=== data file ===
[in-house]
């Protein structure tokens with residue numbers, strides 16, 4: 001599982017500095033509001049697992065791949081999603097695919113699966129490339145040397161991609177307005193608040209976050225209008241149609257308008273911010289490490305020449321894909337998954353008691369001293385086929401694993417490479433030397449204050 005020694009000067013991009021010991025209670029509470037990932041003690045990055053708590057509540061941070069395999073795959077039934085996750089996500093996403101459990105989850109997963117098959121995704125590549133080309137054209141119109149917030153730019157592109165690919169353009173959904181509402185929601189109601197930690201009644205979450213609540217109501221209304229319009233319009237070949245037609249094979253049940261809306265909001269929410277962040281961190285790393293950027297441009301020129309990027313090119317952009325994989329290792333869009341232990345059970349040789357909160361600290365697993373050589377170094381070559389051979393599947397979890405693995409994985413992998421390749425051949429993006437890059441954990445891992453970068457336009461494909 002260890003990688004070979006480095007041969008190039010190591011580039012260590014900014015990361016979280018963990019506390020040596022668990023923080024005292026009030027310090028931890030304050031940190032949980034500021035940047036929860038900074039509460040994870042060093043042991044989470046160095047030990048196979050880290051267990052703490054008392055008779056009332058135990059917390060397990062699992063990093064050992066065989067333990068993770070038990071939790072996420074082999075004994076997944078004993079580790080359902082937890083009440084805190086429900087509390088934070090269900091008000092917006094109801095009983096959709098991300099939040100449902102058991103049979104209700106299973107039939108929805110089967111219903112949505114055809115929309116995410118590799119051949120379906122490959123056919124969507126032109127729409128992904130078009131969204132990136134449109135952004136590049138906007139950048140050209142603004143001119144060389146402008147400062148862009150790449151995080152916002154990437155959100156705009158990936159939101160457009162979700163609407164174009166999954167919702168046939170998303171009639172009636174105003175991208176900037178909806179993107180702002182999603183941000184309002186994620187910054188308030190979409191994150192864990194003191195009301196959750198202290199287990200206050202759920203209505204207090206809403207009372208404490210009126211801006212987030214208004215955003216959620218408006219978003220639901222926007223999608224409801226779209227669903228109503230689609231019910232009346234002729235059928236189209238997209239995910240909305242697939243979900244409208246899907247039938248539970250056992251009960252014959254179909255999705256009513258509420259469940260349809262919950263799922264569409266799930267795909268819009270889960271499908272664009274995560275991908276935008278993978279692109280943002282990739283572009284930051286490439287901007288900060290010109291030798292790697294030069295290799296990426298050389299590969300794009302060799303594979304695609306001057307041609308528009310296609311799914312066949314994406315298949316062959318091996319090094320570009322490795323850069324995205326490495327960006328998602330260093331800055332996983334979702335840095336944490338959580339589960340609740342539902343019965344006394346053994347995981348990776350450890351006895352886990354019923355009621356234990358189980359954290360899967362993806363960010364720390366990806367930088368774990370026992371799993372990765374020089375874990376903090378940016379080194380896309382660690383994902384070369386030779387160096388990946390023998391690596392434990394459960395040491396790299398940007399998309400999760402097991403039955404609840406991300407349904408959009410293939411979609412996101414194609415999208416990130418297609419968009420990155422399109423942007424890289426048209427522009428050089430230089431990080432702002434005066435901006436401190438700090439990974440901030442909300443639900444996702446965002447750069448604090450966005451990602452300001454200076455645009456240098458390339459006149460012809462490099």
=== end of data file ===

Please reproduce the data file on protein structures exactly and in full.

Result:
[in-house]
């Protein structure tokens with residue numbers, strides 16, 4: 001599982017500095033509001049697992065791949081999603097695919113699966129490339145040397161991609177307005193608040209976050225209008241149609257308008273911010289490490305020449321894909337998954353008691369001293385086929401694993417490479433030397449204050 005020694009000067013991009021010991025209670029509470037990932041003690045990055053708590057509540061941070069395999073795959077039934085996750089996500093996403101459990105989850109997963117098959121995704125590549133080309137054209141119109149917030153730019157592109165690919169353009173959904181509402185929601189109601197930690201009644205979450213609540217109501221209304229319009233319009237070949245037609249094979253049940261809306265909001269929410277962040281961190285790393293950027297441009301020129309990027313090119317952009325994989329290792333869009341232990345059970349040789357909160361600290365697993373050589377170094381070559389051979393599947397979890405693995409994985413992998421390749425051949429993006437890059441954990445891992453970068457336009461494909 002260890003990688004070979006480095007041969008190039010190591011580039012260590014900014015990361016979280018963990019506390020040596022668990023923080024005292026009030027310090028931890030304050031940190032949980034500021035940047036929860038900074039509460040994870042060093043042991044989470046160095047030990048196979050880290051267990052703490054008392055008779056009332058135990059917390060397990062699992063990093064050992066065989067333990068993770070038990071939790072996420074082999075004994076997944078004993079580790080359902082937890083009440084805190086429900087509390088934070090269900091008000092917006094109801095009983096959709098991300099939040100449902102058991103049979104209700106299973107039939108929805110089967111219903112949505114055809115929309116995410118590799119051949120379906122490959123056919124969507126032109127729409128992904130078009131969204132990136134449109135952004136590049138906007139950048140050209142603004143001119144060389146402008147400062148862009150790449151995080152916002154990437155959100156705009158990936159939101160457009162979700163609407164174009166999954167919702168046939170998303171009639172009636174105003175991208176900037178909806179993107180702002182999603183941000184309002186994620187910054188308030190979409191994150192864990194003191195009301196959750198202290199287990200206050202759920203209505204207090206809403207009372208404490210009126211801006212987030214208004215955003216959620218408006219978003220639901222926007223999608224409801226779209227669903228109503230689609231019910232009346234002729235059928236189209238997209239995910240909305242697939243979900244409208246899907247039938248539970250056992251009960252014959254179909255999705256009513258509420259469940260349809262919950263799922264569409266799930267795909268819009270889960271499908272664009274995560275991908276935008278993978279692109280943002282990739283572009284930051286490439287901007288900060290010109291030798292790697294030069295290799296990426298050389299590969300794009302060799303594979304695609306001057307041609308528009310296609311799914312066949314994406315298949316062959318091996319090094320570009322490795323850069324995205326490495327960006328998602330260093331800055332996983334979702335840095336944490338959580339589960340609740342539902343019965344006394346053994347995981348990776350450890351006895352886990354019923355009621356234990358189980359954290360899967362993806363960010364720390366990806367930088368774990370026992371799993372990765374020089375874990376903090378940016379080194380896309382660690383994902384070369386030779387160096388990946390023998391690596392434990394459960395040491396790299398940007399998309400999760402097991403039955404609840406991300407349904408959009410293939411979609412996101414194609415999208416990130418297609419968009420990155422399109423942007424890289426048209427522009428050089430230089431990080432702002434005066435901006436401190438700090439990974440901030442909300443639900444996702446965002447750069448604090450966005451990602452300001454200076455645009456240098458390339459006149460012809462490099």